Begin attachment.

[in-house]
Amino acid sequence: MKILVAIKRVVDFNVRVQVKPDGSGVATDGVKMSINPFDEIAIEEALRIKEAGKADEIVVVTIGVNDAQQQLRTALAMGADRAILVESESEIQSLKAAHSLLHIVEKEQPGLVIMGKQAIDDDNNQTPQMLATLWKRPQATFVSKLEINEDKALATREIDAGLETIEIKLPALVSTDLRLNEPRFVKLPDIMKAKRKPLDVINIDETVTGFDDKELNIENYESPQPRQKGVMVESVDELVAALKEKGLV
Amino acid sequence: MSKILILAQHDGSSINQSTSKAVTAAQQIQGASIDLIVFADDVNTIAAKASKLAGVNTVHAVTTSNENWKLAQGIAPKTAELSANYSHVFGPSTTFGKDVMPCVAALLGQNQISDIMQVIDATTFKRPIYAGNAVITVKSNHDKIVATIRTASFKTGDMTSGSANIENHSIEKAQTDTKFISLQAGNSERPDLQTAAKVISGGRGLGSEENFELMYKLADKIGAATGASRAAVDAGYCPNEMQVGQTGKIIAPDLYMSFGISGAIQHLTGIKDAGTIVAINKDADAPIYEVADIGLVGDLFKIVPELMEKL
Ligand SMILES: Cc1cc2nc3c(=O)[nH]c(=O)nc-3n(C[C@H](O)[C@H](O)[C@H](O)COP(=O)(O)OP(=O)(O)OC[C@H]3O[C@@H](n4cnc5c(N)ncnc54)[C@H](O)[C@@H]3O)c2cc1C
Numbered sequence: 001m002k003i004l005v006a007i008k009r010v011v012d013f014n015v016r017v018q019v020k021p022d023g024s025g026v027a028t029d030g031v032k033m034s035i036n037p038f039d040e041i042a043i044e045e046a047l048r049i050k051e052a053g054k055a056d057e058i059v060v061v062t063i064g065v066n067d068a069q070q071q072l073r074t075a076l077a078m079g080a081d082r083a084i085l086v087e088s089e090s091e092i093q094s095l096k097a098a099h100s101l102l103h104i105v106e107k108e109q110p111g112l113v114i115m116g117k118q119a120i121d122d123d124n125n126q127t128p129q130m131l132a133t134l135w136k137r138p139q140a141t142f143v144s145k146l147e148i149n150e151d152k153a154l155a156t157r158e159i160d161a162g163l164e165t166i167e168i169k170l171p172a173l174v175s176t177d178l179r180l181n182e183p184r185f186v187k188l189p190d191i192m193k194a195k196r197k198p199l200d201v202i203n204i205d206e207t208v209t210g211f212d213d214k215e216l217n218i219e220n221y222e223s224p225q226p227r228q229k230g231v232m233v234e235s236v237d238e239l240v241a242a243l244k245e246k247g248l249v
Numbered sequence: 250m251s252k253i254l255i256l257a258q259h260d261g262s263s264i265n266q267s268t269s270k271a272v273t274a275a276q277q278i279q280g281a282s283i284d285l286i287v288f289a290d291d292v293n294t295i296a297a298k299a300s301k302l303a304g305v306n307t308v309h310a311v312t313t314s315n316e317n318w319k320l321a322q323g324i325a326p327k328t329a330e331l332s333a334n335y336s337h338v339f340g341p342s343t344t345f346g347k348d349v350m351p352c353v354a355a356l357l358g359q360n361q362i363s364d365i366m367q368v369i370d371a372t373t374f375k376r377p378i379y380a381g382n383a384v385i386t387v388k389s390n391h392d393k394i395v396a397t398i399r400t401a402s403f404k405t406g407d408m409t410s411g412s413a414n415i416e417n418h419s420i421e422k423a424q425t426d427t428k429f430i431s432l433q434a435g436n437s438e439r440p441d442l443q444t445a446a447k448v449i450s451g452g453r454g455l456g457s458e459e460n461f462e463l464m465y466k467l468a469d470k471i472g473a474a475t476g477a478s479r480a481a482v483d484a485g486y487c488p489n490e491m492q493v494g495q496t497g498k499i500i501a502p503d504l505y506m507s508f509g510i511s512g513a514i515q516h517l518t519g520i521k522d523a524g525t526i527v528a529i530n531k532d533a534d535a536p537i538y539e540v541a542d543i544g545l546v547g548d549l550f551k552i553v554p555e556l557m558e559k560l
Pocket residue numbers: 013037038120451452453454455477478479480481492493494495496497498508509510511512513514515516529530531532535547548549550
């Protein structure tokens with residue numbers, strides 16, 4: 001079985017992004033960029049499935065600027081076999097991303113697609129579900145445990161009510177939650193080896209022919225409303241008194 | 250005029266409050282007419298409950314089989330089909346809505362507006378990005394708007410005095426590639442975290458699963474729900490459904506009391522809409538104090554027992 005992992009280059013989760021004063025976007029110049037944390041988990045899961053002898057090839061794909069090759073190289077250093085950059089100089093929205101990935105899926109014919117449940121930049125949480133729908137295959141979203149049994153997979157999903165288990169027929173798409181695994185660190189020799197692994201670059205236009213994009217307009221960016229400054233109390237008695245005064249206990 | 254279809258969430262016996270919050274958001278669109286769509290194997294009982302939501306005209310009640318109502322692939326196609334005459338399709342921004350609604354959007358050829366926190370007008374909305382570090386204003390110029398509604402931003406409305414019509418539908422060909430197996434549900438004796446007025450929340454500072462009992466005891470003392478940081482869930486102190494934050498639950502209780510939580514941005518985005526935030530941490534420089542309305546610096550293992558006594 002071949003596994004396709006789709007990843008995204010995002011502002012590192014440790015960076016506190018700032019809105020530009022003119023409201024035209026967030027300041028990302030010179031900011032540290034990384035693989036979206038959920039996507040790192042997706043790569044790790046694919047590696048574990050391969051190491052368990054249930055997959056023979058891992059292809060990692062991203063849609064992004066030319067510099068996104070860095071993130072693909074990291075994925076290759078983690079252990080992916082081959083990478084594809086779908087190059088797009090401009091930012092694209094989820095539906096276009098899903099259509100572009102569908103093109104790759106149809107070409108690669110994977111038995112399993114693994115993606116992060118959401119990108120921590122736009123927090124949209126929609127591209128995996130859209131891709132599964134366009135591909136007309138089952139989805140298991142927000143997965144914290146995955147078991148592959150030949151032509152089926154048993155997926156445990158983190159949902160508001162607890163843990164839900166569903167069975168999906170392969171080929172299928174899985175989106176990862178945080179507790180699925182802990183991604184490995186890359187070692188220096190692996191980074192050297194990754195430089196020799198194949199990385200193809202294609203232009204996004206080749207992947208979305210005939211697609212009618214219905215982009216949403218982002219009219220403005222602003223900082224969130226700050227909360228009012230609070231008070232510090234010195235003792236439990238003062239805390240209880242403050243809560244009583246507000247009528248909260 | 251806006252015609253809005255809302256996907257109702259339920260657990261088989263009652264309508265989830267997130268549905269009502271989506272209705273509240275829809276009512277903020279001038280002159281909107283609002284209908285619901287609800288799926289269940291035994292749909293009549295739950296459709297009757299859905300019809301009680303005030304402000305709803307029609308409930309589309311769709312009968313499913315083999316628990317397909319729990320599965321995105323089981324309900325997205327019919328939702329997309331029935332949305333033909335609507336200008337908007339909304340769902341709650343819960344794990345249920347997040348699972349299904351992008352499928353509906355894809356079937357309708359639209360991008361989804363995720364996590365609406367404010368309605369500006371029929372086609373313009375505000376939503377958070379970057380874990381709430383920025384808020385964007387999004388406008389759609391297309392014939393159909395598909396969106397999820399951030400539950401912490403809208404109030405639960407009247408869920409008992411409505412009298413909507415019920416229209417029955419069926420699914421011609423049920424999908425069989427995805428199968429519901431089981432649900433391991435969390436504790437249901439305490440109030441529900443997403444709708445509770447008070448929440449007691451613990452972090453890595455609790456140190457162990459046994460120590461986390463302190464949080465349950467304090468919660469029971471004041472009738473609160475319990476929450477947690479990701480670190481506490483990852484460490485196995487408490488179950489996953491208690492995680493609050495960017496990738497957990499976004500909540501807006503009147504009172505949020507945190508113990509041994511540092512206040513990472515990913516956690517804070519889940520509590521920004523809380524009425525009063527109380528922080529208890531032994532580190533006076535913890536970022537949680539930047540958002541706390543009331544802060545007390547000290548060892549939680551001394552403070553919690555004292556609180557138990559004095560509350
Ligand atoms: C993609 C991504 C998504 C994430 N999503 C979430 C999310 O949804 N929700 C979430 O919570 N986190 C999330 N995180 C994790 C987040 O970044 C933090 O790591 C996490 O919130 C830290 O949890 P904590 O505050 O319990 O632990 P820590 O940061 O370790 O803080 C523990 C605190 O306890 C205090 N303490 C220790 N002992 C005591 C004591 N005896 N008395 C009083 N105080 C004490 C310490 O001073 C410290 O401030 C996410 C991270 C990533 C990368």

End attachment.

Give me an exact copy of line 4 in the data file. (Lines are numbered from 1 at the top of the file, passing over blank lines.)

Ligand SMILES: Cc1cc2nc3c(=O)[nH]c(=O)nc-3n(C[C@H](O)[C@H](O)[C@H](O)COP(=O)(O)OP(=O)(O)OC[C@H]3O[C@@H](n4cnc5c(N)ncnc54)[C@H](O)[C@@H]3O)c2cc1C